Fishing rights remain an “outstanding major bone of contention” in post-Brexit trade talks with the European Union but there is a deal to be done, the Foreign Secretary has said.
Dominic Raab said this could be the last week of “substantive” negotiations as he urged Brussels to recognise the “point of principle” on Britain’s control of its waters.
He told Sky’s Sophy Ridge On Sunday: “I do think we’re in a reasonable position – there’s a deal to be done.
“If you look really at what the outstanding issues are, of course the level playing field, but it feels like there is progress towards greater respect for what the UK position was.
“On fishing there’s a point of principle: as we leave the EU we’re going to be an independent… coastal state and we’ve got to be able to control our waters.”
Mr Raab said the UK recognised the impact on other countries, but said: “I think the answer is ‘can the EU accept that point of principle which comes with us leaving the political club?”.
He later told the BBC that with “pragmatism” he believes an agreement can be reached, saying: “The mutual interest in a deal is very strong.”
Labour meanwhile warned that a no-deal outcome would cause “untold economic harm” though the party has so far resisted confirming its support for an agreement.
Shadow transport secretary Jim McMahon told Sky: “We do want to see a deal, but until we see the construct of a deal, we can’t confirm our support for it.”
The EU’s chief negotiator Michel Barnier and his UK counterpart Lord (David) Frost are holding in-person talks in London this weekend.
Face-to-face negotiations were paused earlier this month after one of the EU team tested positive for coronavirus.
Mr Barnier told reporters as he arrived for the second day of discussions: “Work continues, even on a Sunday.”
Progress is understood to have been made across many areas, yet significant gaps remain on the EU’s access to UK fishing waters when the transition period ends on December 31.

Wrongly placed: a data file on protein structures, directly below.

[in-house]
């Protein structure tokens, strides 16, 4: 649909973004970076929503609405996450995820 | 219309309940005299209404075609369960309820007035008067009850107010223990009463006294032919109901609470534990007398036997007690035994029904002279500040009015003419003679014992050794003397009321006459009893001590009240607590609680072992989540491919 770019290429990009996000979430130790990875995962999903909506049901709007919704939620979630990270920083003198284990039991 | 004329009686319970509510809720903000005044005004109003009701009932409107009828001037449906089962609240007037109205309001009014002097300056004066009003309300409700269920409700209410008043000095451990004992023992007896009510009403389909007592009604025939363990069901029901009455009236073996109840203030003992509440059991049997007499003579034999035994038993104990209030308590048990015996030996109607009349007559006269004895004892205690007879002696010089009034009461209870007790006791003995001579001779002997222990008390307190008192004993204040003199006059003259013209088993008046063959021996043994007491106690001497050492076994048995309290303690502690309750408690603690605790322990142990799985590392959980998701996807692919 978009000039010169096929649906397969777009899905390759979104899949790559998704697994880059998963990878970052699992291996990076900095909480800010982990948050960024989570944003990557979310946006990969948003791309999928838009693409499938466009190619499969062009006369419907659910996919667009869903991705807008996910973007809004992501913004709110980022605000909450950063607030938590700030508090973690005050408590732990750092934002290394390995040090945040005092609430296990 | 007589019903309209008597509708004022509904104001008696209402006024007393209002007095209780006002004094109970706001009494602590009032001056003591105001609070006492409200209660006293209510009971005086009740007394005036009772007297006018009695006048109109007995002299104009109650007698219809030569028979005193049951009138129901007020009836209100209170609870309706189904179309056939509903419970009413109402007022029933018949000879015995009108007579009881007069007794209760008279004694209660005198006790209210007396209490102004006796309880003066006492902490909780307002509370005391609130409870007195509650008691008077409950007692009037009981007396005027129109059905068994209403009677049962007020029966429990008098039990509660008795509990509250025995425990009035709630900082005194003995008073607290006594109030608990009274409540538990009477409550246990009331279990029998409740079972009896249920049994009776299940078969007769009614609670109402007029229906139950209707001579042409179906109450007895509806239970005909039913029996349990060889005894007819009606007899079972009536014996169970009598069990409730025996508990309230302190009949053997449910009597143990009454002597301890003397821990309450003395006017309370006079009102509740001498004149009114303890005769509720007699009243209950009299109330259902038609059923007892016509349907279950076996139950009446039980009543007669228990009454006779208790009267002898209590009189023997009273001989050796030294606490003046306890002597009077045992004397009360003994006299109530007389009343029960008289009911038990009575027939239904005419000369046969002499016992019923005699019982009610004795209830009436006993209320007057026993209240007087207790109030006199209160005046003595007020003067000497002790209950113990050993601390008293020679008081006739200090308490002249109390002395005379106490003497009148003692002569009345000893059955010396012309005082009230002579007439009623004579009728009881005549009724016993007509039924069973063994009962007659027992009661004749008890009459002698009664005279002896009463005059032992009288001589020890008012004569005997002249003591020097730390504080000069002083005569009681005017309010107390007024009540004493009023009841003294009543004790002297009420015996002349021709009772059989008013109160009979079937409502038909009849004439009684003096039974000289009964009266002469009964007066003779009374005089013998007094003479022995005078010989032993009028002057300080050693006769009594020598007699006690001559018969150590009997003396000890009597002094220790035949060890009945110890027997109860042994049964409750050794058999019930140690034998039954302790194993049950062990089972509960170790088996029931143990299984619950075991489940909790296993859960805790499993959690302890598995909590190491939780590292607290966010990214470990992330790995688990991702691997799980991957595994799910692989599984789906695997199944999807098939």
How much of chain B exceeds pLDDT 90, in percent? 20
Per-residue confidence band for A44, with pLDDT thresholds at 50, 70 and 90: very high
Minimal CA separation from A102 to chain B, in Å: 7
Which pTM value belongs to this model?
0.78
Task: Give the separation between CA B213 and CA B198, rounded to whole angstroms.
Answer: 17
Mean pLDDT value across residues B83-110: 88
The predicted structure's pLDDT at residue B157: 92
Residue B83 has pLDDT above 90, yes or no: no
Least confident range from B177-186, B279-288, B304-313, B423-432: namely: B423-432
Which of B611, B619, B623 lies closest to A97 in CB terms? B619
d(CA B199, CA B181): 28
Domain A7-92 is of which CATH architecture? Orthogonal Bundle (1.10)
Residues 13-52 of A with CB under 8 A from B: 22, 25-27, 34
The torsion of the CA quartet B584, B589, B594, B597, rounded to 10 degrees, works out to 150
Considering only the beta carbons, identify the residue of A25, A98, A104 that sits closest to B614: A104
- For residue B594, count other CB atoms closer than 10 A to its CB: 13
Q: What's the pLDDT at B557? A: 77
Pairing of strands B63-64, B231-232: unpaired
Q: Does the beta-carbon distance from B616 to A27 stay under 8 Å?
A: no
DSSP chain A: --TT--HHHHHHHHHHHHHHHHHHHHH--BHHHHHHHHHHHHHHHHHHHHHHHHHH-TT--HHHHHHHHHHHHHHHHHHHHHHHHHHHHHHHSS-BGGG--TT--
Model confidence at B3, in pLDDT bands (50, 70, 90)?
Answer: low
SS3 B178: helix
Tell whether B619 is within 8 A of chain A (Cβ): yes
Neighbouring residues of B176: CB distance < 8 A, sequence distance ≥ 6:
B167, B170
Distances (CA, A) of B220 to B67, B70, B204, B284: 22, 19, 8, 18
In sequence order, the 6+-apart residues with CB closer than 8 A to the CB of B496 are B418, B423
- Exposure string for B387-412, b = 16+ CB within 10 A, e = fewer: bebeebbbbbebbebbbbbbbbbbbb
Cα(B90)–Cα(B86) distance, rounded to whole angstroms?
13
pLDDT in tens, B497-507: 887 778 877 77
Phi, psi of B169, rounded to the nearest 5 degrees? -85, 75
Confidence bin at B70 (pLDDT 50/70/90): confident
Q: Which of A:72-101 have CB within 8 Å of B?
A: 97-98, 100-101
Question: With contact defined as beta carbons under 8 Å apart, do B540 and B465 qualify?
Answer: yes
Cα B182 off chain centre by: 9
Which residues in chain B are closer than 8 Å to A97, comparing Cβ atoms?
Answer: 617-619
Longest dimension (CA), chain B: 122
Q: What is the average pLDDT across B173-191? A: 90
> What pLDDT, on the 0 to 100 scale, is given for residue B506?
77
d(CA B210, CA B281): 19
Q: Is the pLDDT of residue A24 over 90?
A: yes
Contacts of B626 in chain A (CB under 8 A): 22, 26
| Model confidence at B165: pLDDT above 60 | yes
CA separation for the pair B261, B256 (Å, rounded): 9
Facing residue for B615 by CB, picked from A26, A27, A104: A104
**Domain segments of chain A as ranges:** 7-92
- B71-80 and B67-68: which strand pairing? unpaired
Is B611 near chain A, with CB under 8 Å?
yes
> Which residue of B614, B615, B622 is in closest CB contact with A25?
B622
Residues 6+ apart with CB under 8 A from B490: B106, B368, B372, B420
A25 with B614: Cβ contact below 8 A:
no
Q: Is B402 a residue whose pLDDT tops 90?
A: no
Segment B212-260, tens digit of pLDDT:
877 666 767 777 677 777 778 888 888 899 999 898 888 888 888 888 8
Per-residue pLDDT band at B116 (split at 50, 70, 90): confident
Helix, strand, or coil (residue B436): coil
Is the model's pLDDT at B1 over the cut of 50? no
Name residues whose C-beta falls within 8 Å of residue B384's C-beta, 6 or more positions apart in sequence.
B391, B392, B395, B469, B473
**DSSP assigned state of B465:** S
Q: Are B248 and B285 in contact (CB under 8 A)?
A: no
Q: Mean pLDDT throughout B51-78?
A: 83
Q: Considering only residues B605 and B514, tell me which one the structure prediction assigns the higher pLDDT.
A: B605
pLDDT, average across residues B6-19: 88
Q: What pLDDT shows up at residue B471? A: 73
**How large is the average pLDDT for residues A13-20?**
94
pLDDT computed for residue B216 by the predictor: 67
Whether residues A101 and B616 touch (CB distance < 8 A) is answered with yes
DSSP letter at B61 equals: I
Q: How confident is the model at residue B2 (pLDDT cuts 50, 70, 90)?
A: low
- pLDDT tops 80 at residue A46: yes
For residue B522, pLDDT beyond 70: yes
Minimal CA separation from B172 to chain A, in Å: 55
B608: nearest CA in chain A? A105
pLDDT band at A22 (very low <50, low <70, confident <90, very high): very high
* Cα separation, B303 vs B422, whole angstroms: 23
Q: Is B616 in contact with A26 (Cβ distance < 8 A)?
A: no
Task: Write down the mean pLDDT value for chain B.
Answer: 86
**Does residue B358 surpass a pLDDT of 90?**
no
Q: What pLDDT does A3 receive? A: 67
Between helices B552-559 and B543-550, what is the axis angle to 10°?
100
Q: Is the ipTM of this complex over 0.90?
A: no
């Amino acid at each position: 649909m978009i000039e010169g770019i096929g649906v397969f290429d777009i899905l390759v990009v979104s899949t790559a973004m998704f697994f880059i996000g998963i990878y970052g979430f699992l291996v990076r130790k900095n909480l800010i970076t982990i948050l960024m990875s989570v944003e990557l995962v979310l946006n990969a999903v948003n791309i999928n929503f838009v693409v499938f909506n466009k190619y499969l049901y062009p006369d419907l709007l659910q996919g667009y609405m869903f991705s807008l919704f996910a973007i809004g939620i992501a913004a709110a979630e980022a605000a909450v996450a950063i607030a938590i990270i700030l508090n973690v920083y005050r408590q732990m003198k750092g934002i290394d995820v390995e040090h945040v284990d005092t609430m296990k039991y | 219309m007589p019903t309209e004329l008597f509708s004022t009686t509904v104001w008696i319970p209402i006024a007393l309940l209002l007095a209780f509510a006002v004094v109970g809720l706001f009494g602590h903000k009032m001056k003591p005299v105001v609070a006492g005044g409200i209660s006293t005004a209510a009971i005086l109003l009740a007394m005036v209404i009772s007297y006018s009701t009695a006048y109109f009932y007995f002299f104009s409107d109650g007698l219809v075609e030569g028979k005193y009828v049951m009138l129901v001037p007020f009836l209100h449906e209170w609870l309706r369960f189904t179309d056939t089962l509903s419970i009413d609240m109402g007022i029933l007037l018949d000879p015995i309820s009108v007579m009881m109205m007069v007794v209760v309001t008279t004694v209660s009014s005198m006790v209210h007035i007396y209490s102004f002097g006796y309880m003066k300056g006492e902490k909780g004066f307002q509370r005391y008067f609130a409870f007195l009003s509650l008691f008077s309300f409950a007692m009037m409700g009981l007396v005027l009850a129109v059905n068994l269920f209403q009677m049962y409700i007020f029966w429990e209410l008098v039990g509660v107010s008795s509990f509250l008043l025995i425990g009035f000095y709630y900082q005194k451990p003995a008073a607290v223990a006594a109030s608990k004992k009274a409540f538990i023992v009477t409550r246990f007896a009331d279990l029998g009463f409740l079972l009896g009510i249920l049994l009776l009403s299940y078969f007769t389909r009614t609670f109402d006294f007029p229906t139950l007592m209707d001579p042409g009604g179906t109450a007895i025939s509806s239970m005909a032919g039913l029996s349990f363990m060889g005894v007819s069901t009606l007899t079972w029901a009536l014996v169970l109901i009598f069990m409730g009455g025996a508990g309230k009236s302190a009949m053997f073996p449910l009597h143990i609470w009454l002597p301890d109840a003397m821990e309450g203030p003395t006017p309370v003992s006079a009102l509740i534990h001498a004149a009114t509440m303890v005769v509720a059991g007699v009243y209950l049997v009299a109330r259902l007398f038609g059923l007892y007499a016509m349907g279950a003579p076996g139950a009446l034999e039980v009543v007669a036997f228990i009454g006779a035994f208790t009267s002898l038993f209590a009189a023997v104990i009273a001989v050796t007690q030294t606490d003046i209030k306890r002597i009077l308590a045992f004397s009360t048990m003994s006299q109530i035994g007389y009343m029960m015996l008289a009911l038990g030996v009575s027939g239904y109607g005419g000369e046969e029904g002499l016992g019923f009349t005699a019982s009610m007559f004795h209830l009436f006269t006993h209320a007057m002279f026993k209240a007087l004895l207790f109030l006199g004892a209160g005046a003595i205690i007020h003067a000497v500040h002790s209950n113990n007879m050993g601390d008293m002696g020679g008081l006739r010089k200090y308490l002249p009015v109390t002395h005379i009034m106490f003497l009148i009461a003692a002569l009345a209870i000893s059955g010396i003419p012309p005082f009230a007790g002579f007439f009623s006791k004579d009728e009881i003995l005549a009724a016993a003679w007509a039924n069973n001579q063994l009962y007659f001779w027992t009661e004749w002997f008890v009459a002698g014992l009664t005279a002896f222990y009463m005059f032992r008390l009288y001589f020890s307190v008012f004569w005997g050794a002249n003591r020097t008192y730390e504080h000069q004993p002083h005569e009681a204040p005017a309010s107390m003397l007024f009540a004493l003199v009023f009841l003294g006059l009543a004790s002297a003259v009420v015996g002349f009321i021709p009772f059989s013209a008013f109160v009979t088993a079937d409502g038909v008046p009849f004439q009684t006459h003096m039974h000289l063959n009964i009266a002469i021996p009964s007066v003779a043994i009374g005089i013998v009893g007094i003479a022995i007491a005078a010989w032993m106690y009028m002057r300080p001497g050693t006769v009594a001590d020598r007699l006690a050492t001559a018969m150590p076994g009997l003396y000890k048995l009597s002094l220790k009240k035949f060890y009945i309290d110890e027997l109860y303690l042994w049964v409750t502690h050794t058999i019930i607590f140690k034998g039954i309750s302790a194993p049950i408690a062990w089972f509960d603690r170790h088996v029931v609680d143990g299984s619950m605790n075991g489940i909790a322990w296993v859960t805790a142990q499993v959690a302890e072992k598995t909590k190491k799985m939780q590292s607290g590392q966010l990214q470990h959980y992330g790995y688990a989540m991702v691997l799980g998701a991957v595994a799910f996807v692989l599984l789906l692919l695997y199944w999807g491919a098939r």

Reports last week suggested that Mr Barnier recently said the EU could accept a 15-18% cut in its share of fishing rights in UK waters, but British officials were said to have immediately rejected the offer.
A Government source said: “These figures are risible, and the EU side know full well that we would never accept this.
“There seems to be a failure from the Commission to internalise the scale of change needed as we become an independent nation.”
The Government has repeatedly said it is prepared to leave the transition period without a deal if the EU fails to move, and talks have been deadlocked for months over fishing rights and other issues.
🇪🇺🇬🇧 After technical discussions this weekend, negotiations continue online today with @DavidGHFrost and our teams. Time is short. Fundamental divergences still remain, but we are continuing to work hard for a deal.
— Michel Barnier (@MichelBarnier) November 23, 2020
They include the governance of any deal and the “level playing field” conditions aimed at preventing unfair competition by cutting standards or increasing state subsidies.
But ahead of what Number 10 said could be the final week of talks, a source close to the negotiations said: “Over the coming days we will continue to negotiate with creativity and intensity.
“We hope that the EU will come with some fresh thinking because what we’ve seen so far doesn’t cut it. They must understand that we are not going to sell out our sovereignty.”